I stayed over the night on the Hirschberg near Bad Hindelang, Bavaria, Germany. At midnight when I arrived but the sky was full of clouds. However, at the moment I woke up (at 3 a.m.) it was completely clear. It was cold so I couldn't sleep. Finally it was absolutely worth it to stay there :) I want to dedicate this to my friend Melli :) I hope you like it!
Canon EOS 550D, Tokina AT-X 116 PRO DX AF 11-16mm f/2.8.
This wide-field view of the Orion Nebula (Messier 42), lying about 1350 light-years from Earth, was taken with the VISTA infrared survey telescope at ESO's Paranal Observatory in Chile. The new telescope's huge field of view allows the whole nebula and its surroundings to be imaged in a single picture and its infrared vision also means that it can peer deep into the normally hidden dusty regions and reveal the curious antics of the very active young stars buried there. This image was created from images taken through Z, J and Ks filters in the near-infrared part of the spectrum. The exposure times were ten minutes per filter. The image covers a region of sky about one degree by 1.5 degrees.
ESO's VLT reveals the Carina Nebula's hidden secrets.
This broad panorama of the Carina Nebula, a region of massive star formation in the southern skies, was taken in infrared light using the HAWK-I camera on ESO's Very Large Telescope. Many previously hidden features, scattered across a spectacular celestial landscape of gas, dust and young stars, have emerged.
The second of three images of ESO's GigaGalaxy Zoom project is a new and wonderful 340 megapixel vista of the central parts of our galactic home, a 34 by 20-degree wide image that provides us with a view as experienced by amateur astronomers around the world. Taken by Stephane Guisard, an ESO engineer and world-renowned astrophotographer, from Cerro Paranal, home of ESO's Very Large Telescope, this image directly benefits from the quality of Paranal's sky, one of the best on the planet. The image shows the region spanning the sky from the constellation of Sagittarius (the Archer) to Scorpius (the Scorpion). The very colourful Rho Ophiuchi and Antares region features prominently to the right, as well as much darker areas, such as the Pipe and Snake Nebulae. The dusty lane of our Milky Way runs obliquely through the image, dotted with remarkable bright, reddish nebulae, such as the Lagoon and the Trifid Nebulae, as well as NGC 6357 and NGC 6334. This dark lane also hosts the very centre of our Galaxy, where a supermassive black hole is lurking.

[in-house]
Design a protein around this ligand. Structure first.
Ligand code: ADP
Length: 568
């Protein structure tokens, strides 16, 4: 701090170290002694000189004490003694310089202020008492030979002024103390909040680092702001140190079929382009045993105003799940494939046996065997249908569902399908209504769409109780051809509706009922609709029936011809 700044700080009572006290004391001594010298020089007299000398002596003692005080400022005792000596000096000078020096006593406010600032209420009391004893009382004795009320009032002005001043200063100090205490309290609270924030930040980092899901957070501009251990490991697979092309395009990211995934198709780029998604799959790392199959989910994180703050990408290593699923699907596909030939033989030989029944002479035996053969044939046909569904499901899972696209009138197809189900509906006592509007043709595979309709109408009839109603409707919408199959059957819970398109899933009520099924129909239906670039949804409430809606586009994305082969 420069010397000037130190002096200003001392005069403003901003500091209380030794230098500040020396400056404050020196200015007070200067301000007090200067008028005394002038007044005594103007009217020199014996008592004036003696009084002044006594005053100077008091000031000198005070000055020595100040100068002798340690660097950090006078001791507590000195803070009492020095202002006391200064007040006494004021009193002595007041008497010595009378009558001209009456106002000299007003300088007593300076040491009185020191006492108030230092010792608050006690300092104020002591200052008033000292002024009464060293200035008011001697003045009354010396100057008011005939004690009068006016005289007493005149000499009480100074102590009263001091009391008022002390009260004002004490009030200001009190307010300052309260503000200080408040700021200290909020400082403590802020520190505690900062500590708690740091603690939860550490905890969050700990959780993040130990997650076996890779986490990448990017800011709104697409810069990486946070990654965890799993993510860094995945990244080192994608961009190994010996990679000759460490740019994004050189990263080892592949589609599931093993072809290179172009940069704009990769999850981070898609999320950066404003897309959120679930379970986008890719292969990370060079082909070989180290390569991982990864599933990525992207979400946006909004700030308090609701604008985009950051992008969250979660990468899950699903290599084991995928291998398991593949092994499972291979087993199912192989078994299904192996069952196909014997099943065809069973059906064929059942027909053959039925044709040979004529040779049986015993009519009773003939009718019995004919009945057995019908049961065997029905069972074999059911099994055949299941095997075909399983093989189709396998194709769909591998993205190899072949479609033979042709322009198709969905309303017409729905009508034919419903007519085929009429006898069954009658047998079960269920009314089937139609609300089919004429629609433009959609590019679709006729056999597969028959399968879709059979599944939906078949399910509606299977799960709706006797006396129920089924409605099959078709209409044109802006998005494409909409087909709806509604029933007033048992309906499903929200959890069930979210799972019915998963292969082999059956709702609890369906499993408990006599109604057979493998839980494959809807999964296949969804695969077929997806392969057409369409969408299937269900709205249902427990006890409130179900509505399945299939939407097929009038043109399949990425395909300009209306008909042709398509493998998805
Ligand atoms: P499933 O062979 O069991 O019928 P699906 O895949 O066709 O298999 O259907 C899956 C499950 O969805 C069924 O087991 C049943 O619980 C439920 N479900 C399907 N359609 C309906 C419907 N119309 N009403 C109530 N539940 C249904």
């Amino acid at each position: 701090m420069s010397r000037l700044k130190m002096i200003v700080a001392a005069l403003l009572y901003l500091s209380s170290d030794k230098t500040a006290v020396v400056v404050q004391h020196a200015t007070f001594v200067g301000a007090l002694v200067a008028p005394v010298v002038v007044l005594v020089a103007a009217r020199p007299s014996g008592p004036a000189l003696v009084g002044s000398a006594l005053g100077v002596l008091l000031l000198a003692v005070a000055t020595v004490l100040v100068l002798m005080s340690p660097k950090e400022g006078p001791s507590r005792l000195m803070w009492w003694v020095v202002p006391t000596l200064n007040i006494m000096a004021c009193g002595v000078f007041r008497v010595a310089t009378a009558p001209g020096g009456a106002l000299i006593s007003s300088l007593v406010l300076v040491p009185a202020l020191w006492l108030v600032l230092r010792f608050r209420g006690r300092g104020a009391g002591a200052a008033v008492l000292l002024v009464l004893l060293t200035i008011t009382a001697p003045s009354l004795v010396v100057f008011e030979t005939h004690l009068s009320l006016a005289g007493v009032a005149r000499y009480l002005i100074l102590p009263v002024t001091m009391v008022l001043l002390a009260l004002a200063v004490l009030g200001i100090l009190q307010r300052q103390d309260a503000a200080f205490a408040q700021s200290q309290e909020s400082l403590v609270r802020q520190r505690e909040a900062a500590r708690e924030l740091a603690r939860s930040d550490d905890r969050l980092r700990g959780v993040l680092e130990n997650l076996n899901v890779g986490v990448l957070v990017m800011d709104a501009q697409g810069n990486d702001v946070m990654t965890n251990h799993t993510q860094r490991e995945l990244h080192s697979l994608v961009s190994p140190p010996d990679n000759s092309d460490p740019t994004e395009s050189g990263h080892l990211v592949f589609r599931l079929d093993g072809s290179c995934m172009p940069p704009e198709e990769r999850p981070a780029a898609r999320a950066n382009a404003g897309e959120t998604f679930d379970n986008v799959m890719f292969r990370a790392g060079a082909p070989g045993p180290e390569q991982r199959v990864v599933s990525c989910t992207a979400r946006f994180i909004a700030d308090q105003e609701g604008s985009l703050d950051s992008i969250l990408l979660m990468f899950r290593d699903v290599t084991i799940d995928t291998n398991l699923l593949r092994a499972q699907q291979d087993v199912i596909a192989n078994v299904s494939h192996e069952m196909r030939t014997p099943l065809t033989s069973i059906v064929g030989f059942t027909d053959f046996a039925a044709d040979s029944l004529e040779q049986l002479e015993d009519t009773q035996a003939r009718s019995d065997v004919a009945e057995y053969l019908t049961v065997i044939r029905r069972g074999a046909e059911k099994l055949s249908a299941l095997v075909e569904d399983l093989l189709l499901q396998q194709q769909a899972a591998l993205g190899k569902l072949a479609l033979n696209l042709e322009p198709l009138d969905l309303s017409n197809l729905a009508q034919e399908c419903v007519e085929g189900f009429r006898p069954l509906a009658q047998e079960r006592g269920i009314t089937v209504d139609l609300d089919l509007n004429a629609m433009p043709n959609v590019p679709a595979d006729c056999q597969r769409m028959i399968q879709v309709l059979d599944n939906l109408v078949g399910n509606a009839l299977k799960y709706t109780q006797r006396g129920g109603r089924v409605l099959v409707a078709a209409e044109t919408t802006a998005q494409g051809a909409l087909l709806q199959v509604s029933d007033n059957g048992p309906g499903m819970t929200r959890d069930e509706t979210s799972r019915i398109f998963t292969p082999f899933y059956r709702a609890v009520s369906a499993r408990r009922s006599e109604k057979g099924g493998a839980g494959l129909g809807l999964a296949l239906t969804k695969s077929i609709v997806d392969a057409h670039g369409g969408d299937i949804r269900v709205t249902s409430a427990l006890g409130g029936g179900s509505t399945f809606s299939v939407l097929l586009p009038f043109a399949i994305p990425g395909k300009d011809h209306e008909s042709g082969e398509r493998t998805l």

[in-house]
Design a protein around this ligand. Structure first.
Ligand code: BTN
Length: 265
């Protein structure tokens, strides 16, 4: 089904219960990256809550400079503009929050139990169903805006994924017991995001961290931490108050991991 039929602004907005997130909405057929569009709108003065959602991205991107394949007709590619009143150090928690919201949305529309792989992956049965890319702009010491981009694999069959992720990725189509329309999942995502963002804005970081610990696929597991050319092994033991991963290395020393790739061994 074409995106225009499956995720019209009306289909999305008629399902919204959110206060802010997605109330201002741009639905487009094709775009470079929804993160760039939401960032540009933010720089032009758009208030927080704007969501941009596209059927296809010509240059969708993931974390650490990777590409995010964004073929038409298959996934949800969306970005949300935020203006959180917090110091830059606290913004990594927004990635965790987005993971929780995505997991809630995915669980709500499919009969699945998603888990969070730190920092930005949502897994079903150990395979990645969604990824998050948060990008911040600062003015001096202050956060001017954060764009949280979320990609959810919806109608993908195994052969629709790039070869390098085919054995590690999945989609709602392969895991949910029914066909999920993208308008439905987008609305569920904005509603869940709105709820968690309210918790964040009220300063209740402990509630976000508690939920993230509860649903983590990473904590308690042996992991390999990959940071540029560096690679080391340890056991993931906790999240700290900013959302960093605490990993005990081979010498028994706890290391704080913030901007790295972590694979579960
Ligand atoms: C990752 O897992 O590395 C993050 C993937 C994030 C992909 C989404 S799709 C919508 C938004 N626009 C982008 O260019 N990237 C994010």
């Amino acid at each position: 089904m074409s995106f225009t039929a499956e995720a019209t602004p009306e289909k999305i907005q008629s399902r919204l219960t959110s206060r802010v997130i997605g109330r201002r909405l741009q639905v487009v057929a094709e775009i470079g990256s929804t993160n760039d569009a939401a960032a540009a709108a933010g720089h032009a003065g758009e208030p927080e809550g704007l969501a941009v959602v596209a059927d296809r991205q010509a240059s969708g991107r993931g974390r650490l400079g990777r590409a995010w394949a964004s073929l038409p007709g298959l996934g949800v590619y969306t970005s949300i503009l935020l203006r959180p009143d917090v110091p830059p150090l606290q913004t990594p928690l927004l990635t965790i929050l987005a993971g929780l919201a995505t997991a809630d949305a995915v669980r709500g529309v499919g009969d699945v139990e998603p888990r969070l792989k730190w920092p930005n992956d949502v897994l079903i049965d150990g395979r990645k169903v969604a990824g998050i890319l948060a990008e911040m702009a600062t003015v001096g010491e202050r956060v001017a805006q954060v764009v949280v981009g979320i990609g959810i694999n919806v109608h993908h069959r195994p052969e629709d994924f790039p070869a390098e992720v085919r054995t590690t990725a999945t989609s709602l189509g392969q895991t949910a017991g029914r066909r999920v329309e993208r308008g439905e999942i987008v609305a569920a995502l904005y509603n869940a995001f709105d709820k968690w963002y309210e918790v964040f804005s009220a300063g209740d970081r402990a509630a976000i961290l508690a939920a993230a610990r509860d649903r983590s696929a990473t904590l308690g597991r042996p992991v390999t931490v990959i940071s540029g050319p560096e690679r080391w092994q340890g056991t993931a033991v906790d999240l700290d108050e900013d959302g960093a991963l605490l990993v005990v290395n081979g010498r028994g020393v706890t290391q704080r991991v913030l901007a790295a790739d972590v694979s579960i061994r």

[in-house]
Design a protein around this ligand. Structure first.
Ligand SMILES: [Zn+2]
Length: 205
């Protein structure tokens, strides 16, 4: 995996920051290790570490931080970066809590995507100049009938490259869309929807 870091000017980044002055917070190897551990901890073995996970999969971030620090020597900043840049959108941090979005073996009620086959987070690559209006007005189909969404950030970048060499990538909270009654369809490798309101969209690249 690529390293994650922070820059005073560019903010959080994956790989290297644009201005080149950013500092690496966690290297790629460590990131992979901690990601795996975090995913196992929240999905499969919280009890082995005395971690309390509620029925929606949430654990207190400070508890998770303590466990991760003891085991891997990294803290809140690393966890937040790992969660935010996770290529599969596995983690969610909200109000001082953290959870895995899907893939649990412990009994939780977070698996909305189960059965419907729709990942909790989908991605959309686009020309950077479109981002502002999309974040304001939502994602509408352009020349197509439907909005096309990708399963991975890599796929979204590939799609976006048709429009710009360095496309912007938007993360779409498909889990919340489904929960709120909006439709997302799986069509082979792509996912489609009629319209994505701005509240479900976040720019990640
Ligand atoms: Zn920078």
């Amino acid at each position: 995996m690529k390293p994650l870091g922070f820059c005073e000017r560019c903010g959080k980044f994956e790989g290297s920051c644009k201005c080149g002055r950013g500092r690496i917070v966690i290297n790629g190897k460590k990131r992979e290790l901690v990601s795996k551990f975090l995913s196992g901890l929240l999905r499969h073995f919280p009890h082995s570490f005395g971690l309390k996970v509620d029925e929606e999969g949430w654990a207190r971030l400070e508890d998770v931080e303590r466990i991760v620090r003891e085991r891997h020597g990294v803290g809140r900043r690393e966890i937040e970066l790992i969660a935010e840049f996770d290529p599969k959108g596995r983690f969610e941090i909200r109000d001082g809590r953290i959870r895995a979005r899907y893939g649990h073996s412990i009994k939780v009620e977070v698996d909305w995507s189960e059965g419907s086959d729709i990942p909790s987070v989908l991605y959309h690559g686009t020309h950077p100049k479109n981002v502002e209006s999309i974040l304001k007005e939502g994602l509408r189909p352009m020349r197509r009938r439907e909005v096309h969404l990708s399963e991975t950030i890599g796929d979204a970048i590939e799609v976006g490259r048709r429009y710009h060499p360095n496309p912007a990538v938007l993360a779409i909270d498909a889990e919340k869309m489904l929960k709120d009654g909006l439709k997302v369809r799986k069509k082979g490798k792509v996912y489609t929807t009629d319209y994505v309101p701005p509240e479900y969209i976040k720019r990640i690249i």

The image was obtained by observing with a 10-cm Takahashi FSQ106Ed f/3.6 telescope and a SBIG STL CCD camera, using a NJP160 mount. Images were collected through three different filters (B, V and R) and then stitched together. This mosaic was assembled from 52 different sky fields made from about 1200 individual images totaling 200 hours exposure time, with the final image having a size of 24,403 x 13,973 pixels. Note that the final, full resolution image is only available through Stephane Guisard.